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Hazmat Shipping: How to Ensure Compliance with DOT Air and Ground Transport Regulations - On-Demand

Hazmat Shipping: How to Ensure Compliance with DOT Air and Ground Transport Regulations - On-Demand

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Hazmat Shipping: How to Ensure Compliance with DOT Air and Ground Transport Regulations - On-Demand

Webinar now available On-Demand.

A quick peek at the U.S. Department of Transportation’s (DOT) most frequently cited violations reveals that year after year hazmat shippers continue to have difficulty complying with both ground and air shipping regulations. Whether you are a shipper or the supervisor of a shipper, this webinar will set you on the right path to compliance, first by identifying the applicable hazmat shipping requirements:

  • For organizations that ship hazardous materials by ground or air—routinely, periodically, or infrequently—training is mandatory under federal regulations found at 49 CFR 172.702.

  • For those who ship domestically or internationally by air using the International Air Transport Association (IATA) Dangerous Goods Regulations, training to those requirements is called out specifically in 49 CFR 172.704(a)(2)(ii).

  • For routine hazardous materials shippers, there are likely compliance programs in place that include all of the required training components. But, if your company’s hazardous materials shipping occurs on a periodic or infrequent basis, the training program for your shippers may be inadequate or even non-existent. The key to compliance with 49 CFR 172 “Subpart H – Training” is rigorous, job-focused training for at least two people.


Under these regulations, there are many requirements concerning:

  • completion of DOT specific training;
  • registration, identification and classification of hazardous materials;
  • packaging, marking, and labeling;
  • appropriate documentation including emergency response information and telephone number;
  • loading and separation/segregation; and
  • placarding.


And, one of the most critical decisions you must make at the initial stage is whether to establish a shipping program internally or contract for these services. If the activity will be frequent and integral to the business, it may be more efficient to set up a department that performs these services. If this is not the case, then it may be more efficient strategy is to outsource.

There are a lot of “moving” parts when it comes to hazardous materials shipping compliance.

Put the brakes on your compliance concerns by using this popular webinar on-demand where Linda Lawhorn, Certified Hazardous Materials Manager and a Certified Dangerous Goods Professional reveals what’s involved in shipping hazardous materials by ground or air to avoid becoming one of this year’s statistics.

You’ll learn how to:

  • Evaluate your role and responsibilities in the hazardous material shipping world, with in-depth discussion of pre-transportation functions, training, testing, and resources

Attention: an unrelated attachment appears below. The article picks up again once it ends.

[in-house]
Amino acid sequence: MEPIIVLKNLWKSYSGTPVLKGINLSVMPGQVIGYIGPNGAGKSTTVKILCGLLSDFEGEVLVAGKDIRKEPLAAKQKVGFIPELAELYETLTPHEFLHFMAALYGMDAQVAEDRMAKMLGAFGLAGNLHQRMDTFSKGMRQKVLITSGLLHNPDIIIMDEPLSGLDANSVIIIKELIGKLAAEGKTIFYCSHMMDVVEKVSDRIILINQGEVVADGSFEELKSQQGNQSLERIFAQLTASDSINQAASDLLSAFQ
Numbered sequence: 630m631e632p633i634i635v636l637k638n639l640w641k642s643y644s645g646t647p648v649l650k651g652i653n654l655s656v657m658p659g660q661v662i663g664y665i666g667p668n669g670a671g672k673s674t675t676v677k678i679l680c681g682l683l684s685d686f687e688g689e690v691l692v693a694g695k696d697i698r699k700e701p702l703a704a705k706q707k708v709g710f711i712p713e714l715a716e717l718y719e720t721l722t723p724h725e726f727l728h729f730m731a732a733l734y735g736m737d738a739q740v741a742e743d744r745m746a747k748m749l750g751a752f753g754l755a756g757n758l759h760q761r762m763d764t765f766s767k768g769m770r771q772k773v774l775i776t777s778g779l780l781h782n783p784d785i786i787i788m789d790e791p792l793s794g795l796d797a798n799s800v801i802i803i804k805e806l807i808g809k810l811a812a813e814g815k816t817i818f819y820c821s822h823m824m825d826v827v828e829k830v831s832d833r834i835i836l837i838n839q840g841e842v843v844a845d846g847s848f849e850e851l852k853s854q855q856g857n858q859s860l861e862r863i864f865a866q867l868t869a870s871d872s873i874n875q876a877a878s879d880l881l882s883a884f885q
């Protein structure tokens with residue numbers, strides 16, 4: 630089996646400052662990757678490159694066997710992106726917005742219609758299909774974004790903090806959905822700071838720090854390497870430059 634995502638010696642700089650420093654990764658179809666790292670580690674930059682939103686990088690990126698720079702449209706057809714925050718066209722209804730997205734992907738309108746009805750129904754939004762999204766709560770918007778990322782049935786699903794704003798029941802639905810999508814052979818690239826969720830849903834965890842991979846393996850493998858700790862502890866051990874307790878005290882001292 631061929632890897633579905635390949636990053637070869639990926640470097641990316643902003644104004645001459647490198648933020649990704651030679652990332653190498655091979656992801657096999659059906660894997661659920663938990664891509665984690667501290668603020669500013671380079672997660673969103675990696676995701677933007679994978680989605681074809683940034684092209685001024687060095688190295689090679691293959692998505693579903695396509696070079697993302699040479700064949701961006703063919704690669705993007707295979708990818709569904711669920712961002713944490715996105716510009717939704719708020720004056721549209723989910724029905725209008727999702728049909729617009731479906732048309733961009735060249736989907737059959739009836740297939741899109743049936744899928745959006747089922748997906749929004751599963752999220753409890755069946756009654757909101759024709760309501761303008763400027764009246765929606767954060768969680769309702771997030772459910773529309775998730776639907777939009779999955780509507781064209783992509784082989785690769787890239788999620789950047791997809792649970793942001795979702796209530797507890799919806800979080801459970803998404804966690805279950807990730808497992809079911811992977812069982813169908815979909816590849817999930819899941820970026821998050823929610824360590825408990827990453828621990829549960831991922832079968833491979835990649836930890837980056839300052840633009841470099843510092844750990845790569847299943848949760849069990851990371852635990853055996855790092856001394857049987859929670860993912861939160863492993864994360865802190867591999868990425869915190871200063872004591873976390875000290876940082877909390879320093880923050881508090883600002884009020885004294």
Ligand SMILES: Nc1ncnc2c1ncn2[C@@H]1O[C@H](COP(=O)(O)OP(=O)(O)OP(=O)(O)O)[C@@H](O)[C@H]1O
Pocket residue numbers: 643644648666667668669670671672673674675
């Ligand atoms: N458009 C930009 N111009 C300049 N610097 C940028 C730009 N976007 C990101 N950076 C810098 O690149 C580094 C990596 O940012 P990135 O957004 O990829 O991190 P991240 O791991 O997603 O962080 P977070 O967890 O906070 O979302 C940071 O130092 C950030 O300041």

• Identify the key DOT hazardous material shipping terminology with which you should be familiar
  • Comply with emergency response information, including telephone number requirements
  • Evaluate applicability of the US DOT Certificate of Hazmat Registration requirements to your organization
  • Develop and implement a successful shipping process, including identification/classification, packaging, marking/labeling, documentation, and placarding
  • Appreciate the importance of documentation consistency reviews and peer reviews
  • Develop an understanding of transport vehicle basics
  • Correctly assess and apply the “materials of trade” exception
  • Interpret DOT special permits as they may apply to your hazardous materials shipments
  • Decide if you or your staff should pursue certifications and/or credentials.


You’ll leave this on-demand webinar with a better understanding of the commonly misunderstood aspects of shipping hazardous materials by ground and air!

About Your Presenter:

Linda Lawhorn has more than 20 years of experience in hazmat and dangerous goods shipping by highway and air, domestically and internationally, both government and commercial applications. She has observed that critical portions of the hazardous materials regulations are misunderstood and therefore not successfully executed consistently. She has made a personal commitment to helping shippers achieve compliance and be able to enjoy their work with less stress. In addition, she has noted that individuals who are not shippers themselves but supervise shippers also benefit from this information because they are better equipped to provide their shippers with the tools they need for regulatory compliance. Ms. Lawhorn works for Edgewater Technical Associates which is headquartered in Los Alamos, New Mexico, with regional offices in Oak Ridge, Tennessee, and Aiken, South Carolina, and supports a staff of 130+ senior consultants and staff augmentation personnel at DOE and NRC sites including LANL, SRS, ETTP, ORNL, TWPC, Y-12, NNSS, SPRU, WIPP, and the Hematite Decommission Site.

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